The Joint Commission has awarded its first Integrated Care Certification to Titusville, Florida's Parrish Medical Center.
Hospital violence is on the rise, but healthcare leaders face the difficult task of taking measures to prevent it without compromising the open, healing environment of their organizations. The key, according to an article by StatNews, is to develop effective strategies that go beyond simply reacting to individual incidents.
A new Joint Commission alert details six actions healthcare facilities should take to prevent falls resulting in injury.
Evidence-based care is taking hold at more and more hospitals, according to the Joint Commission's 2014 annual report, "America's Hospitals: Improving Quality and Safety."
Seven hospitals throughout the country, following the Joint Commission Center for Transforming Healthcare's Preventing Falls with Injury project, reduced the number of patients injured in a fall by 62 percent and the number of patients falling by 35 percent, according to an announcement from the Joint Commission.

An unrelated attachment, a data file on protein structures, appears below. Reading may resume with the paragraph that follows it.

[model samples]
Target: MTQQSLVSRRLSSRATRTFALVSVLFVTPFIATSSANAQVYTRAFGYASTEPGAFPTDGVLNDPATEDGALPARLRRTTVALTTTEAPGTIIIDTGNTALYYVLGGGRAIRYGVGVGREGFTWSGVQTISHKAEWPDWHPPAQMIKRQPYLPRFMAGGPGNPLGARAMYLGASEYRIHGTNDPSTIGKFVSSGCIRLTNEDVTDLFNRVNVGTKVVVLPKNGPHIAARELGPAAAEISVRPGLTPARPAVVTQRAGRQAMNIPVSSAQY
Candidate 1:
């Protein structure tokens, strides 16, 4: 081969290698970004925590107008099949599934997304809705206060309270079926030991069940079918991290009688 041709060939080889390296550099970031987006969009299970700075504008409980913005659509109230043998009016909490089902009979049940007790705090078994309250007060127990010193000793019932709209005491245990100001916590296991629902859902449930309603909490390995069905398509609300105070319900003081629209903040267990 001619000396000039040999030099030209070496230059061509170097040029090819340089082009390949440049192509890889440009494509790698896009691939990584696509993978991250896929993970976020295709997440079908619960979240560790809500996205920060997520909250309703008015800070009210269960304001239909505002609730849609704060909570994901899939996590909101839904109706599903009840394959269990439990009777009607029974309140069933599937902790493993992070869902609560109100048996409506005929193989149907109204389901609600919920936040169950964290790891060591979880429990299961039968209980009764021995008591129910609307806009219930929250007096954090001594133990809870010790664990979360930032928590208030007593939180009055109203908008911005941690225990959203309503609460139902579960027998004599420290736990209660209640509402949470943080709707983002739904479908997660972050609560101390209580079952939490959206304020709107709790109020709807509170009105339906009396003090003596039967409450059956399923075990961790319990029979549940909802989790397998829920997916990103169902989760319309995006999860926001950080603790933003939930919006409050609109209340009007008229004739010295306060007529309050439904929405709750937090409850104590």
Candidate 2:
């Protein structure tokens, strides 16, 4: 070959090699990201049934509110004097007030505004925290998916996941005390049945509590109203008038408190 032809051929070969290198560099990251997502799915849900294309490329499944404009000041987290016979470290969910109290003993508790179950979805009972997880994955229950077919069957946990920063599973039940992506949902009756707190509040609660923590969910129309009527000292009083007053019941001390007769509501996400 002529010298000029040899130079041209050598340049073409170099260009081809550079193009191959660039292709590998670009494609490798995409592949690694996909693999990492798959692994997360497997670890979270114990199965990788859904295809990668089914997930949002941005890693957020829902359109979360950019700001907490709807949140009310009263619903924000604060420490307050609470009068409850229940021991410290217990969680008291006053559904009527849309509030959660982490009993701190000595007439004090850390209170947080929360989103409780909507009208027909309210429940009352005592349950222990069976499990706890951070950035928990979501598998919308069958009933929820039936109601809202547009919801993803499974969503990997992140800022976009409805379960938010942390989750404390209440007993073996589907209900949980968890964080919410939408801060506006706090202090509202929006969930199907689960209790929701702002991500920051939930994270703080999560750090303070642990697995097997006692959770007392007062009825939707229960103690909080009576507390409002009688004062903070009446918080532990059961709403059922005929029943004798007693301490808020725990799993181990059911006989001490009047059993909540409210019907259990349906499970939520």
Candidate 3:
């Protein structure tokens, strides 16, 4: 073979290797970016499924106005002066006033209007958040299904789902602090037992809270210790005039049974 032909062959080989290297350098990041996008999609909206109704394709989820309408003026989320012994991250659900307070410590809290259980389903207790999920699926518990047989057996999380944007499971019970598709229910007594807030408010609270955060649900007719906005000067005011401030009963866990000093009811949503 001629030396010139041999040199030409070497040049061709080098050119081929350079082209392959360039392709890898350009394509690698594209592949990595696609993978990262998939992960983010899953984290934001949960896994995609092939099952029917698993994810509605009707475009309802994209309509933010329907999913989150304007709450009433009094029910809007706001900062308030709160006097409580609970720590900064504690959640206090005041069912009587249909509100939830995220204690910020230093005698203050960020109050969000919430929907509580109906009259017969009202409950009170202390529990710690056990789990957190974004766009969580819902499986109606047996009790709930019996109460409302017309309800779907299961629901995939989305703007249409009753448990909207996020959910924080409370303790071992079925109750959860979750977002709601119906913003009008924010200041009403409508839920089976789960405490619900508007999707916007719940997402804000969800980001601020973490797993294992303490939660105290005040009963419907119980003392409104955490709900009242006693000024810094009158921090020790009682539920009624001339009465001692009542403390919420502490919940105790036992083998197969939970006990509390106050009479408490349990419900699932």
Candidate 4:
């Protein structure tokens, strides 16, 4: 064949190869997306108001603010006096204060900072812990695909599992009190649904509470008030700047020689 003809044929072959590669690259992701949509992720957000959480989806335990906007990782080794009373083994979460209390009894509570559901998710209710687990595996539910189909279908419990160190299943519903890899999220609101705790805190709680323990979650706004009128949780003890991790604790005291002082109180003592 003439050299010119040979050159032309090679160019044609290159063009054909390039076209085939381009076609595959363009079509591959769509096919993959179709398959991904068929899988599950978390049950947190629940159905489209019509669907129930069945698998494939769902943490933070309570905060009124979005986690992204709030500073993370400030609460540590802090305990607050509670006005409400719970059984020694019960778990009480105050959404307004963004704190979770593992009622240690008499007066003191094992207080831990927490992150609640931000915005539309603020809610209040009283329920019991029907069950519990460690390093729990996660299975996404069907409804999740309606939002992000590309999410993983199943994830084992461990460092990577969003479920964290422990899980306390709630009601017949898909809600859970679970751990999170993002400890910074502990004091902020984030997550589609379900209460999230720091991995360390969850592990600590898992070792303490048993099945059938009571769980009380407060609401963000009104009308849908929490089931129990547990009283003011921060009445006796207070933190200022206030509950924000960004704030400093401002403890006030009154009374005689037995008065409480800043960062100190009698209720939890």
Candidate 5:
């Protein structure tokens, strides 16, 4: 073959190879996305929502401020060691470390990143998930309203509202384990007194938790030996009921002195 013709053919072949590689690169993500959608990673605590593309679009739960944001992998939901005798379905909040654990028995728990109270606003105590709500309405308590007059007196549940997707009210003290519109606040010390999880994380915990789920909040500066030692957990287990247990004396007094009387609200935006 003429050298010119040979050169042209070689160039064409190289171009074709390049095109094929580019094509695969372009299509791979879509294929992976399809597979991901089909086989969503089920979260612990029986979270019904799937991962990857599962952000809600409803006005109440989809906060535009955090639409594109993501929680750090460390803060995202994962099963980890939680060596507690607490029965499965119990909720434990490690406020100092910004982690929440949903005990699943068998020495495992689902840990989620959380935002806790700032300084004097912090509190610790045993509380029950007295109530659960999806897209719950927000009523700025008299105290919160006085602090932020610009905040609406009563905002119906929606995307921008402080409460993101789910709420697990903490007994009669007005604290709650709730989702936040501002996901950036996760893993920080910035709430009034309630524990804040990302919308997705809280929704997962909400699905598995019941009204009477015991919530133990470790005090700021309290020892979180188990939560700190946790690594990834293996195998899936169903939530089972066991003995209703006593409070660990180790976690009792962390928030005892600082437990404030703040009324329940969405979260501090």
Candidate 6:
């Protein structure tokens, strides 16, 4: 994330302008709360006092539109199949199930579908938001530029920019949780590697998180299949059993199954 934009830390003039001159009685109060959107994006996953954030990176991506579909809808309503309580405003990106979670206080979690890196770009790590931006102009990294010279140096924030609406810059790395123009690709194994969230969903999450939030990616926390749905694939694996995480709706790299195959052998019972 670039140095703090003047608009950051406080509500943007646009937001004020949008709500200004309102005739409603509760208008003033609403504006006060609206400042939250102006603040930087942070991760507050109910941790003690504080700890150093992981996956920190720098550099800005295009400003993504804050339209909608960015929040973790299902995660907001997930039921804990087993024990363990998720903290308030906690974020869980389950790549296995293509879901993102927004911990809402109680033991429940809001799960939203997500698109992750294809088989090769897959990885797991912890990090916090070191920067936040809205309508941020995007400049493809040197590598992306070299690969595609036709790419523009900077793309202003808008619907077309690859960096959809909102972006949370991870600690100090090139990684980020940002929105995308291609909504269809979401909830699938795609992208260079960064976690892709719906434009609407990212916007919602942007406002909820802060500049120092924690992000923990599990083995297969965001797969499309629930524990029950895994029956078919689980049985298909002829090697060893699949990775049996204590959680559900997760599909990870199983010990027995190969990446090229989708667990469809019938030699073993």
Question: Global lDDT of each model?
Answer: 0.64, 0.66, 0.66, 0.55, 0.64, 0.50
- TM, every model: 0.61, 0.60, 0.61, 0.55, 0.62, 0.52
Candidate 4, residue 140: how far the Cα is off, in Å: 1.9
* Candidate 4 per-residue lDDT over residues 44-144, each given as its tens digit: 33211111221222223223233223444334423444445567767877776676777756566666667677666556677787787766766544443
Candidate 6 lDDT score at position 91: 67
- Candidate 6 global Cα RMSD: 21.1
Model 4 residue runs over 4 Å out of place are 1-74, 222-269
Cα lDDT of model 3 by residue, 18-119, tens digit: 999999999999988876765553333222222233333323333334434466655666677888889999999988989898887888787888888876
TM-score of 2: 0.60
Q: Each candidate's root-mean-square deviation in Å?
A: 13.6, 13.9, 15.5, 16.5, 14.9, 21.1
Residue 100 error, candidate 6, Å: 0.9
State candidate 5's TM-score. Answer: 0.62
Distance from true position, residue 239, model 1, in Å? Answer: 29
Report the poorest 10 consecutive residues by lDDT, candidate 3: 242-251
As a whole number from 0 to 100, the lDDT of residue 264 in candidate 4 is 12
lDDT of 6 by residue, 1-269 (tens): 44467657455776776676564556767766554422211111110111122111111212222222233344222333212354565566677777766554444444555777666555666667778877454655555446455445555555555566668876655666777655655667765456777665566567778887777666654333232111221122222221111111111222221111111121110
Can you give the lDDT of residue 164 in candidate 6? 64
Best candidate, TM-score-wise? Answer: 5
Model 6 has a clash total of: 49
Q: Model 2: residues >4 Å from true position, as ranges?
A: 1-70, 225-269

Technical failure and alarm fatigue continue to plague hospitals but three steps are all that organizations need to take to make alarms safer and more effective, according to an opinion piece published in the Journal of the American Medical Association.
In an effort to combat alarm fatigue, Boston Medical Center reduced its weekly audible cardiac alarm rate by 89 percent, increasing both patient and staff satisfaction, according to a new study in the Journal of Cardiovascular Nursing.
In an effort to make clinical alarm systems safer, the Joint Commission issued a new National Patient Safety Goal (NPSG), which requires accredited hospitals and critical access hospitals to improve their systems.
In an effort to protect both patients and hospitals against the negative physical, emotional and financial consequences of unintended retention of foreign objects (URFOs), The Joint Commission released a new sentinel event alert that advises hospitals on how to decrease the number of these incidents.
Hospitals are cracking down on a problem that has been troublesome for years--abusive and angry behavior by doctors towards nurses, trainings, colleagues and other medical staff, according to Kaiser Health News.